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Playing on India’s spin-friendly conditions promised a fierce battle against Shane Warne and Sachin Tendulkar. The former got the better of the Master Blaster in the first innings of the Test after the leg spinner dismissed him for four when Tendulkar tried to play a fancy shot.

India ended the first innings yielding a 71-run lead but then came Sachin Tendulkar’s best innings, where the Little Master did not put a foot wrong, launching India’s comeback with aplomb. Tendulkar had the final say against Shane Warne, ending the innings at 155 runs, with a strike-rate of 81. Later it was revealed that former Indian leggie Laxman Sivaramakrishnan was made to bowl on Sachin’s pads to help him beat the tactics of Warne.

136 vs Pakistan - Chennai (January 1999)


Over the years, with fast bowlers Wasim Akram and Waqar Younis leading the attack, Pakistan had established themselves as formidable rivals for the Indian cricket team across all formats. While India have gotten the better of Pakistan on most occasions, this Test match was not one of those, as India eventually lost the match by 12 runs. However, Sachin Tendulkar’s best innings in this match remains one to remember.

Pakistan were playing in India for the first time in 12 years. The Test itself was a topsy-turvy affair; India were on top on the first day but Pakistan evened the deficit by the end of Day 2. However, having lost his wicket for a duck, it was not Sachin Tendulkar’s best innings by a long shot.

With India needing 271 runs to win the game by the fourth day, they were struggling at 6/2 by the time Sachin walked onto the field. Wickets fell around the Master Blaster and with the score reading 82/5, Nayan Mongia and Tendulkar led India’s comeback, putting up a partnership of 136 runs till the dismissal of Mongia.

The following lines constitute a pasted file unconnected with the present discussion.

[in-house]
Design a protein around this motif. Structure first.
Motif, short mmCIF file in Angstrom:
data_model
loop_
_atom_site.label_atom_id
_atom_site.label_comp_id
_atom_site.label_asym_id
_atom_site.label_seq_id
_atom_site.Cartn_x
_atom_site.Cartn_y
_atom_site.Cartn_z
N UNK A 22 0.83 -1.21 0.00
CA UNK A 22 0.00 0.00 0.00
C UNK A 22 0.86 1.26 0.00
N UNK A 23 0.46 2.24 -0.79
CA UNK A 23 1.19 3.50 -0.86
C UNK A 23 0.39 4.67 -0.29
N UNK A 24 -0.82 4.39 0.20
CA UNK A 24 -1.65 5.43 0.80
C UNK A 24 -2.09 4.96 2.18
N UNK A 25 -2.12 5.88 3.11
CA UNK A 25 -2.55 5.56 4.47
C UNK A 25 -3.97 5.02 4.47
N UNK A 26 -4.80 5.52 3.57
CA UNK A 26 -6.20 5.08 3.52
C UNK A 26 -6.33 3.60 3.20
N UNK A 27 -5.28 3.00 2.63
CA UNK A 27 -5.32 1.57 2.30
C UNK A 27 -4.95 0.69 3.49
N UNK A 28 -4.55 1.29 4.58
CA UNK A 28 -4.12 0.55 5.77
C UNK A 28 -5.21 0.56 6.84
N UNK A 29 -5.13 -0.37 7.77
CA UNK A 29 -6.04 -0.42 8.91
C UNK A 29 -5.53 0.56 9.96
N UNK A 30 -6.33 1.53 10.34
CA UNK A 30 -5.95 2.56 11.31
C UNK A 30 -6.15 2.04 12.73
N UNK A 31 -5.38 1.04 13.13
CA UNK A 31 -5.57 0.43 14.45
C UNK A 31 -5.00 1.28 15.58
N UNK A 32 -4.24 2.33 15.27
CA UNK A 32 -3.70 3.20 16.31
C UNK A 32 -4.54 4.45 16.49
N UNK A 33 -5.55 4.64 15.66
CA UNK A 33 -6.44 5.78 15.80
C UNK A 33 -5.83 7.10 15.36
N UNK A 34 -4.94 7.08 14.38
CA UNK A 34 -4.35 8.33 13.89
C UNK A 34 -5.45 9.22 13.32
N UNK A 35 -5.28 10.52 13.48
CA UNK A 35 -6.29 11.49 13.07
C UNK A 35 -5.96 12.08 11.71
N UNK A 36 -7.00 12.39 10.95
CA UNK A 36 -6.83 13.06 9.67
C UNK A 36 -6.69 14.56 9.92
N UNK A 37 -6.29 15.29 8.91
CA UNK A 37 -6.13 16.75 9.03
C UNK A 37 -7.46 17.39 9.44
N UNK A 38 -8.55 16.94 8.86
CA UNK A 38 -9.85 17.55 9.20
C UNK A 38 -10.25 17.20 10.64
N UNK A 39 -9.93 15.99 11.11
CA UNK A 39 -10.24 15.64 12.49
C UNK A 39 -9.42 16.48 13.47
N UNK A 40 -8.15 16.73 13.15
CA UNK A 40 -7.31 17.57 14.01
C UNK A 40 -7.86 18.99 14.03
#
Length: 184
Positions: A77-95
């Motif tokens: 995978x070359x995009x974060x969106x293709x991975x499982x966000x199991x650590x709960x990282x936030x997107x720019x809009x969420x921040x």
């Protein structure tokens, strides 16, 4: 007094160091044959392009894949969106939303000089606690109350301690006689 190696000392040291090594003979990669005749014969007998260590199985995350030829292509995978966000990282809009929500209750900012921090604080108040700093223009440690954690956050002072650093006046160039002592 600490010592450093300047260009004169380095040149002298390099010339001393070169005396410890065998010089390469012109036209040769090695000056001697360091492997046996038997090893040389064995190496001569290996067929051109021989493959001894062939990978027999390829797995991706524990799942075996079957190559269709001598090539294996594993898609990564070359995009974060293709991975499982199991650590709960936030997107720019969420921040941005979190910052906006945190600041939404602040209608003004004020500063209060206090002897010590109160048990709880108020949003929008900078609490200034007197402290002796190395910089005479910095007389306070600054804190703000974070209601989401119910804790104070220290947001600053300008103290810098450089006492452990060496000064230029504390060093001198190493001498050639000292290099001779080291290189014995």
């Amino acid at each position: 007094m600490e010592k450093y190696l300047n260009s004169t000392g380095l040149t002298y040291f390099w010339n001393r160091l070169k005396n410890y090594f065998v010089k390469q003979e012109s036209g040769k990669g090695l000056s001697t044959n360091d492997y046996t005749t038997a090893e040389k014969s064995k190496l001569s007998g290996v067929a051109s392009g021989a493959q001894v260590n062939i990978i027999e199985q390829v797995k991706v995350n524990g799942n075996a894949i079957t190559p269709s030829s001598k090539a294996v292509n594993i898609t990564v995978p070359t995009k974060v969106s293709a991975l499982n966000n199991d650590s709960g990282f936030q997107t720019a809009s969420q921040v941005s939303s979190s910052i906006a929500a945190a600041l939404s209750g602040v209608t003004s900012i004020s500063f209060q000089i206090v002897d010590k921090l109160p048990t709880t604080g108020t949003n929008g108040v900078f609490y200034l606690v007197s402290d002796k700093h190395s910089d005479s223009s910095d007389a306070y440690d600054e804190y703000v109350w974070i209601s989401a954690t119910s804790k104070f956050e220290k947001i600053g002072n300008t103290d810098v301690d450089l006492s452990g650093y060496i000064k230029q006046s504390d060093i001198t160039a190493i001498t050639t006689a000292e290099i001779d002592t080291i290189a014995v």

Tendulkar was eventually dismissed for 136, with 17 runs left to win the game. The tailenders were unable to add the finishing touches as India went on to lose the game against their rivals.

241 vs Australia - Sydney (January 2004)


Sachin Tendulkar’s India tour of Australia had started off on a very poor note; in six innings, he was out for a duck twice, scored in single digits once and by the time India faced off against the World Champions at Sydney, he had only amassed 82 runs in total. With the series at stake, the pressure was on Tendulkar to bail his team out.

The series was equally poised at 1-1, with the final Test played at the Sydney Cricket Ground set to be the series-decider. Sachin Tendulkar worked on the kinks in his armour from his previous matches, and his score of 241 in this Test has the distinction of not having a single cover-drive till he crossed 200. Scoring at a rate of 55.27, Sachin hit 33 boundaries, with India declaring the score at 705 runs.

Australia responded strongly but were unable to replicate India’s mammoth first-innings score. India declared their second innings at 211 and set 443 for Australia to win the game. However, some strong defensive batting from the Aussies ensured that India could only settle for drawing the series at 1-1.

Feature image courtesy: AFP / William West